Monica Williams is a divorced, college-educated mother of five trained as a paralegal. Her skin is blacker than a thousand midnights. Against its blackdrop her teeth are smiled surprises.
She's got a big yap. She loves a white man. His initial attendance at a meeting of black church-bound boycotters elicited stares, whispers and questions.
"Are you the FBI?" they asked at New Prospect Baptist Church in Over-the-Rhine. "Do you have ID?" They were suspicious of his white face, his shirt and tie.
"Do you have ID?" Williams shot back.
She shopped for like-minded troublemakers charged with upending Cincinnati's status quo. She settled on the Coalition for a Just Cincinnati (CJC) in the summer of 2002, joining the group during its protest of Pepsi Jammin' on Main.
Williams has since been relentless in pickets against and criticisms of the mayor, the cops, do-nothing Negroes, bullying black men and well-meaning white liberals.
"Just because you're white, progressive, you wear Birkenstocks and you don't shave doesn't mean you're not a racist," she says. "Being a black activist is more than wearing mud cloth and saying 'Hotep' every other word. I'm an equal-opportunity critic."
She's Fannie Lou Hamer for the new millennium. She speaks in rat-a-tat-tat tones tearing into complicated precepts like children into presents on Christmas morning.
The intersection of black motherhood is perhaps the most complicated of all. In Cincinnati it means teaching black children -- especially black boys -- to simultaneously respect and mistrust the law.
April 7, 2001, electrified Williams.
Determined not to let frustration fester, Williams moved to action. But not without a little warm death.
"The first day of the curfew my sons were playing basketball and I went to pick them up," she says. "We saw two police cruisers come down Grand Avenue, real slowly. Each officer had these pump action shotguns and they each had these looks of glee. My 11-year-old son looked at me. They looked at us and rattled their guns a little bit and my son just started crying. Silently."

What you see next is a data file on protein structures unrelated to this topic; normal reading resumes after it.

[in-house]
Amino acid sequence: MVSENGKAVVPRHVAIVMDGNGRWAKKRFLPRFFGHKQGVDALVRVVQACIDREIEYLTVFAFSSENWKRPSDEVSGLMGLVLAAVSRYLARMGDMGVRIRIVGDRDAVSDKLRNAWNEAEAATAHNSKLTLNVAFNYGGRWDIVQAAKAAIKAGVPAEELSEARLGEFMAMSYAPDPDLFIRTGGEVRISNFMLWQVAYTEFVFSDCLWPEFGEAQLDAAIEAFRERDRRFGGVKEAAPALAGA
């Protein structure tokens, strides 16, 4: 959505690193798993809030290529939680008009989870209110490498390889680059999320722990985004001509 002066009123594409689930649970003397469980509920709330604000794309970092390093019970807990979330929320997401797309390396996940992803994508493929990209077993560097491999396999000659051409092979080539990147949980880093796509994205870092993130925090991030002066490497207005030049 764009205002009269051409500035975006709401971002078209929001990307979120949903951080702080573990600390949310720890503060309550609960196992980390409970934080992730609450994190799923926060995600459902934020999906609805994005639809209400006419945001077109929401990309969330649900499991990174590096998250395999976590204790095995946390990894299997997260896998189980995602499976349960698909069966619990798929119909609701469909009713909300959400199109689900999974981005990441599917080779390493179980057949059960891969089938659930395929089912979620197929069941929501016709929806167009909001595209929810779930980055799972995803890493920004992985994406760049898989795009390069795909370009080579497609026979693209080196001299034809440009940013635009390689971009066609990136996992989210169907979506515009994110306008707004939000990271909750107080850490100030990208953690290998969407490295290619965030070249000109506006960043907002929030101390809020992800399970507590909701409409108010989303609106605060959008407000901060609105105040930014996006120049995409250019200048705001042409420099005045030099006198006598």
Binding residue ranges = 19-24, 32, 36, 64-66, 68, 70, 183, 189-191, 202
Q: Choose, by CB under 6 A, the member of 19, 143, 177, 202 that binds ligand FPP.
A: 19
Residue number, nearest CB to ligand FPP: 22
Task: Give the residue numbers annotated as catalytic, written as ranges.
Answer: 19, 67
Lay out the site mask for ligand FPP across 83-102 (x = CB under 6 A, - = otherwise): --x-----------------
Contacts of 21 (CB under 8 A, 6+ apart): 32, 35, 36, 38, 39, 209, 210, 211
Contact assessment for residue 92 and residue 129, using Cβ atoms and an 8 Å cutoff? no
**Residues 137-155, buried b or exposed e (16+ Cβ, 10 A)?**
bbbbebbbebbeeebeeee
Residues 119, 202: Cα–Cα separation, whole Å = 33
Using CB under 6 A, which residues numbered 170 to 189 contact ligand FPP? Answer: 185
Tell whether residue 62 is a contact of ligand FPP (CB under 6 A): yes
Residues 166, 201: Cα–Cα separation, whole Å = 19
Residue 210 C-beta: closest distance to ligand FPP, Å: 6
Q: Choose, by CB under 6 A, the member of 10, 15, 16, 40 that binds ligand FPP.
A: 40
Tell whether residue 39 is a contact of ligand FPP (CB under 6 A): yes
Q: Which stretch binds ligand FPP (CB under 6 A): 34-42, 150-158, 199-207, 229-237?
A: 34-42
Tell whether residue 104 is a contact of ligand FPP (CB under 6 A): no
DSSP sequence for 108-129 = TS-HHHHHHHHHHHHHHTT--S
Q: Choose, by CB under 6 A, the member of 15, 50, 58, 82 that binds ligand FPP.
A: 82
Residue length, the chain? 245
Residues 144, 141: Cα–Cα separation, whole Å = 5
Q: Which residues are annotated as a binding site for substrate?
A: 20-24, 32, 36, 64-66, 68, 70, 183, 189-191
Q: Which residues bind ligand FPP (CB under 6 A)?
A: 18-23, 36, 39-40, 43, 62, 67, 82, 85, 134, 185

She pauses on the memory.
"I looked in his eyes and I knew what he was feeling -- the rage, the indignity -- and I realized those officers didn't care as much about us as stray dogs. I knew that day I was going to find a group to address the hurt and rage I saw in my son. What separated him from Timothy Thomas? Nothing, really, but seven or eight years. That was my galvanizing moment."
She joined the CJC aware of its legacy of splintered leadership. She remains loyal to the group despite the brash, burned-bridges reputation of current co-chairs Amanda Mayes and Nathaniel Livingston.
"Nate Livingston brings an enormous amount of experience and skill," she says, "and people who know him from before either love him or hate him."
She stays committed to the group maligned as instigators who convinced Bill Cosby, Whoopi Goldberg, Wynton Marsalis, Smokey Robinson and Spike Lee to bypass Cincinnati during the economic boycott. But with each victory comes a price tag.
Outsiders -- including CityBeat -- blasted Mayes' perceived anti-Semitism during a Fountain Square demonstration against the display of a menorah (see Porkopolis, issue of Dec. 12-18, 2002). Williams says there was pressure to publicly "dress down" Mayes after her sign announced, "Jews killed Jesus, had black slaves, stole our black identities!"
Several CJC members jumped ship because of Mayes' actions. Williams says Mayes' behavior laid bare their racism. She doesn't elaborate or name names.
She swallows back in-fighting, thwarted character assassinations and other garbage littering the sidelines of such movements. She's been spat at, sprayed with beer by white revelers at Oktoberfest and called "nigger" like it was her name. She's not a conspiracy theorist, but the three-time theft of her late model "soccer mom" minivan raises her suspicions.
Williams prefers broader contexts. A recent skirmish with Cincinnati Black United Front (BUF) member Dwight Patton, however, is distracting.
At a planning session attended by members of CJC, BUF and others, she says Patton twice pushed her during her conversation with another woman. He's more than 6-foot-4, large and lumpish.
"I will not be intimidated and, by connection, the CJC will not be intimidated by you jelly-backed, mealy-mouthed Negroes," Williams says. "The groups may take some flack for it, but it'll blow over. And the fight will continue."
The question is, will the internal fight surpass the one raging outside?
Hear Kathy's commentaries on National Public Radio's All Things Considered.